Piliouras P.,Royal Brisbane and Womens Hospital | Piliouras P.,University of Queensland | Allison S.,University of Queensland | Rosendahl C.,University of Queensland | And 2 more authors.
Australasian Journal of Dermatology | Year: 2011

Background/Objectives: Tinea nigra is a relatively uncommon dematiaceous fungal infection of the palms and soles, which clinically may mimic a melanocytic lesion. We sought to ascertain how frequently misdiagnosis of this infection occurred and whether the use of dermoscopy helped in its diagnosis. Methods: Fifty consecutive cases of tinea nigra diagnosed at a dermatopathology laboratory were examined with regard to the clinical diagnosis, use of dermoscopy and the mode of management. Results: Of the 50 cases, 21 (42.0%) were treated by shave or surgical excision. The clinical diagnosis of tinea nigra was made in five cases (10.0%) and suggested along with other diagnoses in a further two cases (4.0%). The dermatologists (n = 9) gave the correct diagnosis in four patients (44.4%), the general practitioners (n = 38) gave the correct diagnosis in one patient (2.6%) and the three surgeons involved did not give the correct diagnosis. When dermoscopy was used, in seven of 13 (53.8%) cases tinea nigra was suggested as a probable diagnosis but when dermoscopy was not used (n = 37) tinea nigra was not clinically diagnosed (P < 0.001). Conclusions: The diagnosis of tinea nigra is significantly improved by dermoscopy, the disease should be considered as a cause of palmar or plantar pigmentation. © 2011 The Authors; Australasian Journal of Dermatology © 2011 The Australasian College of Dermatologists.

Biggar M.A.,Wesley Breast Clinic | Kerr K.M.,Sullivan and Nicolaides Pathology | Erzetich L.M.,Wesley Breast Clinic | Bennett I.C.,Wesley Breast Clinic
Breast Journal | Year: 2012

Columnar cell change with atypia (CCCA) is a relatively recently recognized pathologic breast entity considered to be a risk factor for subsequent development of breast carcinoma. The aim of this study was to investigate the significance of finding CCCA on breast core biopsy, by establishing the frequency of other breast pathology on subsequently performed surgical excision specimens. All cases with CCCA as the most advanced lesion on core biopsy were reviewed. After excision, another advanced proliferative lesion was identified in 17 (33%) patients, including three patients (6%) with in situ or invasive carcinoma. An additional five patients (10%) were concurrently diagnosed with primary breast carcinoma at other sites. These findings indicate that when CCCA is found on core biopsy, open surgical biopsy of the relevant area should be performed and that workup of both breasts should be undertaken to exclude coexistent breast carcinoma at alternative sites. © 2012 Wiley Periodicals, Inc.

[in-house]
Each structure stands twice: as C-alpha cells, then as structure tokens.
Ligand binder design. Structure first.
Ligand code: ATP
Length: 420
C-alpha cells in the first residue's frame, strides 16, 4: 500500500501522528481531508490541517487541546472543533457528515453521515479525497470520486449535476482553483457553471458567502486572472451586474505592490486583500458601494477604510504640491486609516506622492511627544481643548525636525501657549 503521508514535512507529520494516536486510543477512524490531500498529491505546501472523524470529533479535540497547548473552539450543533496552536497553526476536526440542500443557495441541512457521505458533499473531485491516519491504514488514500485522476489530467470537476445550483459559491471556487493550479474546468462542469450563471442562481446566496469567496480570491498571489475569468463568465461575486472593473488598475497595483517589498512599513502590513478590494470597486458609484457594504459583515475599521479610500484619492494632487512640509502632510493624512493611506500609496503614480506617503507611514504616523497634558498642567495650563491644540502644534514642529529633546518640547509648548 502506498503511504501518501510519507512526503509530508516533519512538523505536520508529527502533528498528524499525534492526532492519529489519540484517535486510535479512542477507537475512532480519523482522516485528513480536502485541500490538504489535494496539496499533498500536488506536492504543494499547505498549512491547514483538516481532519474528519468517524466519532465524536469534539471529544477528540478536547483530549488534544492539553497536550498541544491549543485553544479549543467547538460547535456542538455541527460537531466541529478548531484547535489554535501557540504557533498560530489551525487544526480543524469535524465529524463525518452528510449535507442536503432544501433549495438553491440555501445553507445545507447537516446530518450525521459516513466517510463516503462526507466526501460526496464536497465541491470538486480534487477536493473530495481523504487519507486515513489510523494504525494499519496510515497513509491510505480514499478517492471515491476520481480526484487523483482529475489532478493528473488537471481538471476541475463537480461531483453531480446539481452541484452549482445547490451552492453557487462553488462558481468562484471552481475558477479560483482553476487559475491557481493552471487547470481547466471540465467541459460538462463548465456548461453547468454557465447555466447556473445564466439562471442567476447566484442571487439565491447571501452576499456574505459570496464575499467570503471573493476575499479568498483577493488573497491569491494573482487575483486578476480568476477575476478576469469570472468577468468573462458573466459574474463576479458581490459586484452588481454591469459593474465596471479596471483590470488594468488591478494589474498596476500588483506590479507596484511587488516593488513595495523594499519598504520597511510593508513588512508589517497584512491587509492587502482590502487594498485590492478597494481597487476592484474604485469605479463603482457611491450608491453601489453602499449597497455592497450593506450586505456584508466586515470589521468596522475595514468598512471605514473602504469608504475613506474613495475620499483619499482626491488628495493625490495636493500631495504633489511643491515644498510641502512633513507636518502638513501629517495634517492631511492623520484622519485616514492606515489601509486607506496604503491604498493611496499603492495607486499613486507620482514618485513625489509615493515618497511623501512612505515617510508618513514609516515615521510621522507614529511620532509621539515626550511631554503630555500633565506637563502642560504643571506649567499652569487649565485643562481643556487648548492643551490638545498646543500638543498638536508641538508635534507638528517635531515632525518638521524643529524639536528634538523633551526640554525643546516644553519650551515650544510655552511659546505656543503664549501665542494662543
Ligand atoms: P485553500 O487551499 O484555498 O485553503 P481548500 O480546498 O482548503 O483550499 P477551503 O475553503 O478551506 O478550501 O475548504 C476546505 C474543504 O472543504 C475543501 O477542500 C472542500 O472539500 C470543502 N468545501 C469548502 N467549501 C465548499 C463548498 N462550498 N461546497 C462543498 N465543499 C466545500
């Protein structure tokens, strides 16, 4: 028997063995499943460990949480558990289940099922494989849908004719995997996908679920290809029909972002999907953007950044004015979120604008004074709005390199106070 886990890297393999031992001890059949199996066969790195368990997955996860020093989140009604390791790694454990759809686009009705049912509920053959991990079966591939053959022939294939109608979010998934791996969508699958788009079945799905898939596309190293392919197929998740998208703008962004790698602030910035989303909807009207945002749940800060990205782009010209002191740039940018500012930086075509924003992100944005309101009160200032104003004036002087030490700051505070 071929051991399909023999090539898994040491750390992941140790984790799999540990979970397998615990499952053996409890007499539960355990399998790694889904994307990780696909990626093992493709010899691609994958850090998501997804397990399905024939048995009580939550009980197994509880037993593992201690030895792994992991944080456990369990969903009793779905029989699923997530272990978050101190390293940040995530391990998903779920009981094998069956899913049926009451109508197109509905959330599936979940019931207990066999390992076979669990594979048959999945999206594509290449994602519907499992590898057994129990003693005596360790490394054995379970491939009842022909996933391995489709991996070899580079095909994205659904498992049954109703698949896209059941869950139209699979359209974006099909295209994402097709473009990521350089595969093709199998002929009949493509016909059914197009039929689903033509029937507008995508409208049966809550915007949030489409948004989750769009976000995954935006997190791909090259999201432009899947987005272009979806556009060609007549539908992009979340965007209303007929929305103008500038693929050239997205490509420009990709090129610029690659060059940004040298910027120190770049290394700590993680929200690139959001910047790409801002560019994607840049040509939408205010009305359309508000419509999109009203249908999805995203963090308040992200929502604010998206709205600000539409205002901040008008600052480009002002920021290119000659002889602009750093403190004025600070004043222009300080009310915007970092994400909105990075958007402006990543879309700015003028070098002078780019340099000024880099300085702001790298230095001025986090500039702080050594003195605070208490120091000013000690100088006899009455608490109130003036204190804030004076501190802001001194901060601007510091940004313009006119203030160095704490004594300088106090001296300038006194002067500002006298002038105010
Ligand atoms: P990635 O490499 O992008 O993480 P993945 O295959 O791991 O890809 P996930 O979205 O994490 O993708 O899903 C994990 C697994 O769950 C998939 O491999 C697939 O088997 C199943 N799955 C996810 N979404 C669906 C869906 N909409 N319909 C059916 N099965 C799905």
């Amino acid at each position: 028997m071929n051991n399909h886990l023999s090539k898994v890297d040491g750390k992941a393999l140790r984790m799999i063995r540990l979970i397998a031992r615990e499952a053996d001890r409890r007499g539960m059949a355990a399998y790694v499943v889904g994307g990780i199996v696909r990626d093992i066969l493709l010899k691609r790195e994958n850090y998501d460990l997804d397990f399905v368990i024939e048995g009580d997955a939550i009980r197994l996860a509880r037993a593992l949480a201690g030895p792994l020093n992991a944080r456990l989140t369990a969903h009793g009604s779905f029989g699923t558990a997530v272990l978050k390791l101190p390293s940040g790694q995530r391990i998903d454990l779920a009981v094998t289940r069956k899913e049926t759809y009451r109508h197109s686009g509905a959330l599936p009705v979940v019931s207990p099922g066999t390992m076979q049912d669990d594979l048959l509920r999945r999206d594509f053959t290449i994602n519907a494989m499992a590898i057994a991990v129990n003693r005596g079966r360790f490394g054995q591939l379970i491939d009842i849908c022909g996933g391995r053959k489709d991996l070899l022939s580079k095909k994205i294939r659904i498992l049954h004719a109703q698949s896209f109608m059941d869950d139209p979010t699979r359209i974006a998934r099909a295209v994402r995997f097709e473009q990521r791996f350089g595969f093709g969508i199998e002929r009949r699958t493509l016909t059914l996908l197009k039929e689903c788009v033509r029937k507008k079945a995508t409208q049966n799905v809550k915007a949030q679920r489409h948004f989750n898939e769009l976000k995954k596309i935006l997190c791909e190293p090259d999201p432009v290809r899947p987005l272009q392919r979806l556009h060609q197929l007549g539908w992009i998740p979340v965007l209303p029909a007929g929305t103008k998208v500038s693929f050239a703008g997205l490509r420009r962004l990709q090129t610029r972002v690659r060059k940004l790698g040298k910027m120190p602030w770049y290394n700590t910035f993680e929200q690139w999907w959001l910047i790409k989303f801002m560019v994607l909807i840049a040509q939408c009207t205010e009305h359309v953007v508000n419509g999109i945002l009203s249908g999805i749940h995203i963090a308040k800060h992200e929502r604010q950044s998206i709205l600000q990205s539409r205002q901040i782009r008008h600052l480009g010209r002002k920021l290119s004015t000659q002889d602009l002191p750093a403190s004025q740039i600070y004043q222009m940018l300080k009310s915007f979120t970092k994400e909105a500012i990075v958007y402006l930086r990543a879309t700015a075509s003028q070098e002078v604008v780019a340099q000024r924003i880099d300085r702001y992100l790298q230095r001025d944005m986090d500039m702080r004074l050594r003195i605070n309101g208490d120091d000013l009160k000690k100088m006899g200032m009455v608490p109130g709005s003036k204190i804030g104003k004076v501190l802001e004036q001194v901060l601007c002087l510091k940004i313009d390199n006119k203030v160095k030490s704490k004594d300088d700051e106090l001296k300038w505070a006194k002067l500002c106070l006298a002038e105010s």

A Helicobacter pylori-negative young Japanese man with dyspeptic symptoms suffered from a diffuse erosive gastroduodenitis and multiple superficial ulcerations. Histology and electron microscopic examinations on the biopsy specimens revealed the presence of multiple unidentified intralesional and intracellular coccoid microorganisms in the pathological gastroduodenal mucosa. Microaerophilic and anaerobic Gram-negative coccoid and filamentobacillary bacteria were cultured from the gastric aspirate. The triple therapy containing tetracycline for 14 days followed by 4 months treatment with omeprazole resulted in the resolution of the gastroduodenal pathology. The question, therefore, was raised regarding a possible role for the cultured coccoid bacteria in the pathogenesis. 16S rRNA gene sequence analysis of the isolated Gram-negative coccoid bacteria revealed a close relationship with Haemophilus haemolyticus. The unidentified coccoid microorganisms and cultured X and V factors independent coccoid bacteria, however, shared similar phenotypic, microbiological and pathological characteristics to the novel Gram-negative Streptococcaceae: Okadaella gastrococcus.©2014 BMJ Publishing Group. All rights reserved.